Often the best monster movies declare that man is the truest beast. The shark in JAWS may have been feeding in the wrong waters, but it was the selfishness of the mayor that rang the dinner bell when he should’ve closed the beaches. Kurt Russell’s character kills a scientific outpost colleague in cold blood while trying to root out who’s being inhabited by THE THING. And even in ALIEN, the corporation sponsoring the Nostromo is willing to sacrifice its entire crew to ensure the safe return of the lethal creature they want to employ in warfare. As screenwriter Blake Snyder said in his “Monster in the House” description applicable to the horror and thriller genre, whatever the ‘monster’ is, it is always encouraged by man to do the utmost damage humanly possible.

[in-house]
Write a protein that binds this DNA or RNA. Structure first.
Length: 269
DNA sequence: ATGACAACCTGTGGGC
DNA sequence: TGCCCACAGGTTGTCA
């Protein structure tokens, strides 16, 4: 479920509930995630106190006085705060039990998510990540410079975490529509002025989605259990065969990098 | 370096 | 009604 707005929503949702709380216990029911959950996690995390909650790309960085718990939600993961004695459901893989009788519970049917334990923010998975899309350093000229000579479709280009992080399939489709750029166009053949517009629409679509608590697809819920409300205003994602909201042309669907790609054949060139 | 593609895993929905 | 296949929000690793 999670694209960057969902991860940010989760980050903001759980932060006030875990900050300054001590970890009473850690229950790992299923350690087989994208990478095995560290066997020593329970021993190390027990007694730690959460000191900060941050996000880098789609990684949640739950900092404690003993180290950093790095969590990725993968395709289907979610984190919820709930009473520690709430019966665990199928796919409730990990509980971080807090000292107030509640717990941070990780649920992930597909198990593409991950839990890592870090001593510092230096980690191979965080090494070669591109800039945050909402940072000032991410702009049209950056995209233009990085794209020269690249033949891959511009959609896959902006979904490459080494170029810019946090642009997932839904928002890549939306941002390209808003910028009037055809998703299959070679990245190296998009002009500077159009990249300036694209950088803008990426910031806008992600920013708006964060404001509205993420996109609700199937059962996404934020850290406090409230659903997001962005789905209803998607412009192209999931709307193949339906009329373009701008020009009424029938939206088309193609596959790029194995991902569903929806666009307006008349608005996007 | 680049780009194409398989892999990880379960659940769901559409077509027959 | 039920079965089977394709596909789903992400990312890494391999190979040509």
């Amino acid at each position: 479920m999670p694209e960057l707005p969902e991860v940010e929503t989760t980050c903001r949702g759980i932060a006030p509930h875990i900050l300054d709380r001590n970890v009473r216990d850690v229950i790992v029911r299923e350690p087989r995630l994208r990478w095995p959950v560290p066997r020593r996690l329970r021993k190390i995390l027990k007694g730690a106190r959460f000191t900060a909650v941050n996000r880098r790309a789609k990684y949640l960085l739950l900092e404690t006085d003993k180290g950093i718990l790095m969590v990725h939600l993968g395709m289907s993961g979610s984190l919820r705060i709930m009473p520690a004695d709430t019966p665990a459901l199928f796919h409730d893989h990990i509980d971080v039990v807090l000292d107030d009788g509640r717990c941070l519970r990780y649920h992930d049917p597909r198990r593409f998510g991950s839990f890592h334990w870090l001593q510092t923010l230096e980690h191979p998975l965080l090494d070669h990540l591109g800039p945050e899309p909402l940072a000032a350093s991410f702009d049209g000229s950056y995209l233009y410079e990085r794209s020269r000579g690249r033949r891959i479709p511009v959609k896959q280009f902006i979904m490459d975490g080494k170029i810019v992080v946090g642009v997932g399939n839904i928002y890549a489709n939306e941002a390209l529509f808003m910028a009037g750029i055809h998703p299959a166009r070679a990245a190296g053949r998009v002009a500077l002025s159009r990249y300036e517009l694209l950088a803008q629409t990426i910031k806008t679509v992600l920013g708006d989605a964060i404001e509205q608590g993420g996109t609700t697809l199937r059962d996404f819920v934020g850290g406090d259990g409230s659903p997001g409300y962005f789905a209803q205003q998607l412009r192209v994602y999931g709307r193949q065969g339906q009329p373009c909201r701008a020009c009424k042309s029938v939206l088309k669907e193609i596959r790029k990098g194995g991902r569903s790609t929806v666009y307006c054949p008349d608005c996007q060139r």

Thus, it is with no fewer than six films about monsters currently in cinemas. The runaway hit of the winter season of course was Jordan Peele’s GET OUT, a film concerning a black man running afoul of a group of affluent suburban white supremacists who use young black bodies as vessels for the transplanting of aging white brains. In France’s RAW, the savagery of the collegiate hazing system at a veterinarian college stimulates the inhumane nature of one of its students and she develops a taste for human flesh. Since I’ve already reviewed those two superb films here and here, respectively, I won’t dwell on them, but suffice it to say that they reinforce Snyder’s credo that man is the most dangerous animal of all.
For this post, I’m going to concentrate on three other monster movies currently playing in cinemas across the land and how they tell their ‘horror’ story.